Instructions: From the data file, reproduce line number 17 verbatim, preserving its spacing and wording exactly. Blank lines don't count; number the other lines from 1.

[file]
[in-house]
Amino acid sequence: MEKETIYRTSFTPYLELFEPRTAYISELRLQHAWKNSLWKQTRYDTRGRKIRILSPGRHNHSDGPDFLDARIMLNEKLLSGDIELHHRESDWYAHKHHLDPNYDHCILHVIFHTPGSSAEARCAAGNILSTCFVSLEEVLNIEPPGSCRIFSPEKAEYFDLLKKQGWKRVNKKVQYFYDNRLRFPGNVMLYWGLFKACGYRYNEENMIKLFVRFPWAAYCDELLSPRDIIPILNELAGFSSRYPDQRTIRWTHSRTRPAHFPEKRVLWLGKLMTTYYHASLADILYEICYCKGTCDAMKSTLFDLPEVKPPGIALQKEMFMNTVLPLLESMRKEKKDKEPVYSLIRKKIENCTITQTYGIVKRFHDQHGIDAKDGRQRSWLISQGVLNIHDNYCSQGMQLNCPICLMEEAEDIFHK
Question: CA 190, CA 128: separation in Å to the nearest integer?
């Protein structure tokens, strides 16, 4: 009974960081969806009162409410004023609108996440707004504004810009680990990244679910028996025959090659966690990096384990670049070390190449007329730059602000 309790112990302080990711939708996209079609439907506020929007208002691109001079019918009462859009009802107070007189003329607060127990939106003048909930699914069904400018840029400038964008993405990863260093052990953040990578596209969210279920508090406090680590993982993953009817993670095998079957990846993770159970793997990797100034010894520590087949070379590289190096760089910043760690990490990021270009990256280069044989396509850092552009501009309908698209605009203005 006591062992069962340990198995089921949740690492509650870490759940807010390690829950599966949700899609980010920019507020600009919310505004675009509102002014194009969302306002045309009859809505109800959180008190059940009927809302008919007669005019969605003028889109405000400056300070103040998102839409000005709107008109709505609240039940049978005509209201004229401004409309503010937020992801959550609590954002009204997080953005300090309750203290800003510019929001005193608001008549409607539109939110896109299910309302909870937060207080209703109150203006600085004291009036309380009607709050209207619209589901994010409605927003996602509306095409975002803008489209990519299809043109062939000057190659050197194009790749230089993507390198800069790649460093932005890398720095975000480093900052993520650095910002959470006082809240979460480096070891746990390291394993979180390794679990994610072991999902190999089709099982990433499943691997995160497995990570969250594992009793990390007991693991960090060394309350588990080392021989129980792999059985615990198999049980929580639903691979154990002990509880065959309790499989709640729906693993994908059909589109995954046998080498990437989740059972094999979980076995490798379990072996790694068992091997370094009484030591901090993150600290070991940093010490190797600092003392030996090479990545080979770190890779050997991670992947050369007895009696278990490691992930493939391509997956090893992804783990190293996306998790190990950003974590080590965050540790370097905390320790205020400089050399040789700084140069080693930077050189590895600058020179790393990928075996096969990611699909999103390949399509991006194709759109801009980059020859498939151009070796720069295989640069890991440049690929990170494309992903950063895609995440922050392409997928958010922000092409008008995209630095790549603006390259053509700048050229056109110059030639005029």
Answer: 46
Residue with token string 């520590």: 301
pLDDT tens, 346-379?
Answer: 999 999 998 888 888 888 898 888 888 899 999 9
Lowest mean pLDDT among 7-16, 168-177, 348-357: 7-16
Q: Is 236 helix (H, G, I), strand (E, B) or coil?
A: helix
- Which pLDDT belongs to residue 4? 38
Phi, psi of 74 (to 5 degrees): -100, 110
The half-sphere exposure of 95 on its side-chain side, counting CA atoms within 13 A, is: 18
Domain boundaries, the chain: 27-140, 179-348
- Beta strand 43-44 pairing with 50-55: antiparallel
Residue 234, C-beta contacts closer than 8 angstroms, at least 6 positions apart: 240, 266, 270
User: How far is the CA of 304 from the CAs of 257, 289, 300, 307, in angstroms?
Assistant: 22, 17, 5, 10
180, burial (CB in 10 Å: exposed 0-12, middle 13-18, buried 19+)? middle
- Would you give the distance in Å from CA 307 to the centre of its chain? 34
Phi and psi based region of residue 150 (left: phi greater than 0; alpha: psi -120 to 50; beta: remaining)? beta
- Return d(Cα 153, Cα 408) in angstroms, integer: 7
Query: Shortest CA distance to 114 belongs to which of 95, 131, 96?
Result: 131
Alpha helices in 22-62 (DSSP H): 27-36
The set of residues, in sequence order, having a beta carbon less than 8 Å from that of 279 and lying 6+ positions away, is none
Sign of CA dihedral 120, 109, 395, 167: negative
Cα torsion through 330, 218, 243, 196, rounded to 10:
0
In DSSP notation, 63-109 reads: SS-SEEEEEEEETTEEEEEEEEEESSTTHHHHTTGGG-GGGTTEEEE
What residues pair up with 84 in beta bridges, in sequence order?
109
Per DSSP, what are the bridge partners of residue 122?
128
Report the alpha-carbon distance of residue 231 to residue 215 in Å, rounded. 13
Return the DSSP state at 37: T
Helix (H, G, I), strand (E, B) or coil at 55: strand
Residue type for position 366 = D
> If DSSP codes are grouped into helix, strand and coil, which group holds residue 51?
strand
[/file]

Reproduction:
Residue 234, C-beta contacts closer than 8 angstroms, at least 6 positions apart: 240, 266, 270